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North Korea, Supply Chain Resilience Top Agenda During NSA Talks

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North Korea, Supply Chain Resilience Top Agenda During NSA Talks

A trilateral meeting between Japan, South Korea, and the U.S. reaffirms joint efforts on the denuclearization of North Korea.

North Korea, Supply Chain Resilience Top Agenda During NSA Talks

Japanese National Security Advisor Kitamura Shigeru delivers remarks at the Pentagon, Washington, D.C., Sept. 23, 2020.

Credit: DoD photo by Lisa Ferdinando

On April 2 the heads of the National Security Council for Japan, South Korea, and the United States held trilateral talks in Maryland to review U.S. policy on North Korea. The meeting came a little over a week after North Korea test-launched two ballistic missiles into the Sea of Japan.

U.S. National Security Advisor Jake Sullivan, Japanese National Security Secretariat Secretary General Kitamura Shigeru, and South Korean Director of National Security Suh Hoon agreed on the need to fully implement the U.N. Security Council’s resolutions on North Korea. Sullivan emphasized that resuming dialogue between North and South Korea would be beneficial to the denuclearization of North Korea.

In the one-hour meeting, provocation from North Korea featured heavily. The Biden administration is finalizing its North Korea policy options after consulting with experts and close allies Japan and South Korea.

Last month U.S. President Joe Biden highlighted the possibility of opening the door to diplomacy with North Korea but warned that the United States would respond if the escalations continue. The Biden administration is likely to ramp up pressure against North Korea to abandon nuclear weapons after negotiations with Pyongyang broke down under the Trump administration.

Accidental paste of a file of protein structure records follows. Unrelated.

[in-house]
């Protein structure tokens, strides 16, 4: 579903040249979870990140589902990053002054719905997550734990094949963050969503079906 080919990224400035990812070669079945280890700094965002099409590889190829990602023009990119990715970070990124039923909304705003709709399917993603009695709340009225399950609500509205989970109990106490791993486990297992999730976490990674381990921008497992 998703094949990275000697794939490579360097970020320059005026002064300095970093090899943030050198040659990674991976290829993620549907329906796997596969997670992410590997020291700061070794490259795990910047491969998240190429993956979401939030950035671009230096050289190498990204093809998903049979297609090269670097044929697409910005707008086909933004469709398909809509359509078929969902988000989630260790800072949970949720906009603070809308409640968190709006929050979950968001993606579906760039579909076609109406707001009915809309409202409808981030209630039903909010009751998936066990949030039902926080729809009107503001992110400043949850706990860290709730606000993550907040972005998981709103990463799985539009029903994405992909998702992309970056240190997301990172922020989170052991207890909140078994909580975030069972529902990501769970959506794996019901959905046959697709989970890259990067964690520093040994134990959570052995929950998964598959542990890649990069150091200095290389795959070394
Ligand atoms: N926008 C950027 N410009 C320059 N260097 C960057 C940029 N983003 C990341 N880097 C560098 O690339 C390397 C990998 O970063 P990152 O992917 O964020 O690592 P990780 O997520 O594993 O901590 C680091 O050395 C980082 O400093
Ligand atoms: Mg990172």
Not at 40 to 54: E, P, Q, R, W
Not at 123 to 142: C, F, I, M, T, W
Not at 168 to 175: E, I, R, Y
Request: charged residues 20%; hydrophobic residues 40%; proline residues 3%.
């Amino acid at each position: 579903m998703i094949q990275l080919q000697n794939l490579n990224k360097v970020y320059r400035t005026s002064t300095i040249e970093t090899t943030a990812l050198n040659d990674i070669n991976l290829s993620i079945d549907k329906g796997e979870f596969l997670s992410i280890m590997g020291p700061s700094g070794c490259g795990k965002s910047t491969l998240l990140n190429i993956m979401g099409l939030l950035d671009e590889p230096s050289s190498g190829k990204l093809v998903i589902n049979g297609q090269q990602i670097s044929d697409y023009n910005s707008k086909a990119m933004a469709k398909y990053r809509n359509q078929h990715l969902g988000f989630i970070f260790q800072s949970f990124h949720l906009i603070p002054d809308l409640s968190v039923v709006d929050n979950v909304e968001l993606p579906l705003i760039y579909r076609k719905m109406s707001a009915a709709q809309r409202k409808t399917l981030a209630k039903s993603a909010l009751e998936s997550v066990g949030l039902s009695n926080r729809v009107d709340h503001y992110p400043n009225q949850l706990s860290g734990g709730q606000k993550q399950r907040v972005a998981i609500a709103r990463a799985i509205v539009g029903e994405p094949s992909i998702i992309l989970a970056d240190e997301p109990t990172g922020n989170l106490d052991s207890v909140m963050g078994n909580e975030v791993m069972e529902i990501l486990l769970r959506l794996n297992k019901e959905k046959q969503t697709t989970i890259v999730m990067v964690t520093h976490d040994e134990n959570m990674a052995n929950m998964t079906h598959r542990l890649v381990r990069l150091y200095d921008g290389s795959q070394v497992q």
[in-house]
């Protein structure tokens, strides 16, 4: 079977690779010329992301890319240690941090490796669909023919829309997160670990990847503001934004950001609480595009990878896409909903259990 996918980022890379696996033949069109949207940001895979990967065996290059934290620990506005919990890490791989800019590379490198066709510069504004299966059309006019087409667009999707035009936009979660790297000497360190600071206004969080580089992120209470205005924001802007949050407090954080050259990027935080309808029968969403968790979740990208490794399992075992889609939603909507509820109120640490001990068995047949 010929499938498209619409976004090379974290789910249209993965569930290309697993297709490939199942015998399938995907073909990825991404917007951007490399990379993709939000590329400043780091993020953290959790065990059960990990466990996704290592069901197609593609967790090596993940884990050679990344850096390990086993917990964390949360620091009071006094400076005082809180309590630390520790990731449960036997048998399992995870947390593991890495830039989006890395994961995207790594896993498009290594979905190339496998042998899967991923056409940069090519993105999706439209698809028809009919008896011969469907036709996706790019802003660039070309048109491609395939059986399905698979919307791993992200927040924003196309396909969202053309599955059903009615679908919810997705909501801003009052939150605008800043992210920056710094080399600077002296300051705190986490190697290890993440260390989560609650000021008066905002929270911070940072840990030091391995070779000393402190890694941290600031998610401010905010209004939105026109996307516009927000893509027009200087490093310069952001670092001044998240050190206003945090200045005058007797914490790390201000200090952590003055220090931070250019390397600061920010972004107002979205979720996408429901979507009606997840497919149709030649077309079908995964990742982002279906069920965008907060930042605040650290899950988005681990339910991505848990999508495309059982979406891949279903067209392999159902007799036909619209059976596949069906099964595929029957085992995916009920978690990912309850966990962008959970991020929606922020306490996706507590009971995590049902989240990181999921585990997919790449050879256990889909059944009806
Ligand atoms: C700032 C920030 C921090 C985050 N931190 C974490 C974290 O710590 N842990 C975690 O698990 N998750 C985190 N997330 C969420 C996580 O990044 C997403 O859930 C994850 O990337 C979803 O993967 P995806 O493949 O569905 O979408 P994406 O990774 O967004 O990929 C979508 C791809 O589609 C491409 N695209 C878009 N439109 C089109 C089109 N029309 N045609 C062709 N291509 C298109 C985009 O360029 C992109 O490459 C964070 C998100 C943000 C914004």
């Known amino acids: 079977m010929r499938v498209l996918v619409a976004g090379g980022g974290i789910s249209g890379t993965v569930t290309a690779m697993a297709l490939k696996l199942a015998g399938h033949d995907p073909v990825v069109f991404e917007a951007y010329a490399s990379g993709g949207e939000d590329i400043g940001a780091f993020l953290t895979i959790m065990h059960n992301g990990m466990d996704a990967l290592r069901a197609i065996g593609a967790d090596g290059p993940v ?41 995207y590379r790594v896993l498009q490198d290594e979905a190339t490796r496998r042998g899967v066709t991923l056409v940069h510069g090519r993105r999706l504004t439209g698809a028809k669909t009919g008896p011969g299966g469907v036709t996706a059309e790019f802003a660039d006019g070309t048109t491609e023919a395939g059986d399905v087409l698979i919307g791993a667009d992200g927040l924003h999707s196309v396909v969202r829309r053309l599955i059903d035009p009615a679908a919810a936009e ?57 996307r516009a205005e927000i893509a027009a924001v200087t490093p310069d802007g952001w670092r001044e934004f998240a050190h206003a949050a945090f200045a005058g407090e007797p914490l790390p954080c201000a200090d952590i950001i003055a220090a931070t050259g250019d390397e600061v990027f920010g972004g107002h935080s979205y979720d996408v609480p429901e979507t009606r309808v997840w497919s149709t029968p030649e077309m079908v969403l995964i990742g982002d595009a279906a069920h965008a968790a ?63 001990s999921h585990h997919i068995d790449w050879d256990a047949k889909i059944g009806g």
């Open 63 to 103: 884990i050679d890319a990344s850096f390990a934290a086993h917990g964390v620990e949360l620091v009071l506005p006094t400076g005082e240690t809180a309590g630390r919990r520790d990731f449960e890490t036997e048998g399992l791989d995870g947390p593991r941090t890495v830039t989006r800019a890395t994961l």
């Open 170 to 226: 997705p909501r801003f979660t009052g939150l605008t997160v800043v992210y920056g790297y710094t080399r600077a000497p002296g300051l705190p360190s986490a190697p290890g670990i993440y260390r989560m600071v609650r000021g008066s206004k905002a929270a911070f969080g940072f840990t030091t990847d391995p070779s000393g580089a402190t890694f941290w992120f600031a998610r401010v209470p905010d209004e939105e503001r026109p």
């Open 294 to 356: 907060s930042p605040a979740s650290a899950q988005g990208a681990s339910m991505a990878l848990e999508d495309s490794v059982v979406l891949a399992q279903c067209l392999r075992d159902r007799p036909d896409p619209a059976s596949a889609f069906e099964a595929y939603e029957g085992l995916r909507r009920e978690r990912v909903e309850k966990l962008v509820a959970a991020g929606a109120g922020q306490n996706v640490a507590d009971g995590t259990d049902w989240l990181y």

It’s the first time high-ranking security officials from Japan, South Korea, and the United States have met face to face under the Biden administration, highlighting the newfound priority placed on Asian alliances and stability on the Korean Peninsula.

The three security officials also shared concerns over maintaining a free and open Indo-Pacific amid China’s marine expansion in the South and East China Seas. A joint statement issued by the White House avoided naming China outright but stated that all parties discussed “common concerns, including Indo-Pacific security” and “will work together to protect and advance shared security goals.” They also exchanged opinions on the global COVID-19 pandemic, climate change, and the coup in Myanmar, and reaffirmed their commitment to solving the abductions of Japanese nationals by North Korea.

Japan and the United States also held a separate meeting to discuss economic security and policies concerning China and the need to urgently expand semiconductor production. The outbreak of COVID-19 last year caused a global shortage of semiconductor materials and brought automotive and electronic manufacturing to a halt. The semiconductor shortfall shows no sign of easing and U.S. automakers have been forced to cut production due to the lack of parts.

According to Boston Consulting Group, the United States’ share of global semiconductor production fell from 37 percent in 1990 to 12 percent in 2020. Nowadays China, South Korea, Taiwan, and Japan have become the leaders in semiconductor manufacturing. In light of the U.S.-China trade war and the sanctions imposed on Chinese telecom firm Huawei, Japan and the United States are concerned about the concentration of production bases in China.

Japan and the United States have begun talks on building decentralized supply chains and have launched a joint working group. Japan’s National Security Agency and Ministry of Economy, Trade, and Industry (METI) will team up with the U.S. National Security Council (NSC) and the U.S. Department of Commerce to review the risks posed by current supply chains. They are working to design a system away from streamlined production in a single country such as Taiwan, which carries high geopolitical risks.

As a key producer of semiconductor raw materials, Japan will share insights on the semiconductor technology and equipment needed to boost local production. Last week Biden proposed a $50 billion subsidy to fund semiconductor manufacturing. In addition, Japan and the United States are also considering launching a joint research base for technological development.

The sensitivity of the U.S. semiconductor supply chain will be discussed on April 12 with chip makers such as Samsung and various automakers.

A chip supply chain deal is expected on April 16 when Japanese Prime Minister Suga Yoshihide flies to Washington for a bilateral summit with Biden. Suga will become the first foreign leader to visit the United States since Biden took office, further showcasing the administration’s emphasis on the Japan-U.S. alliance.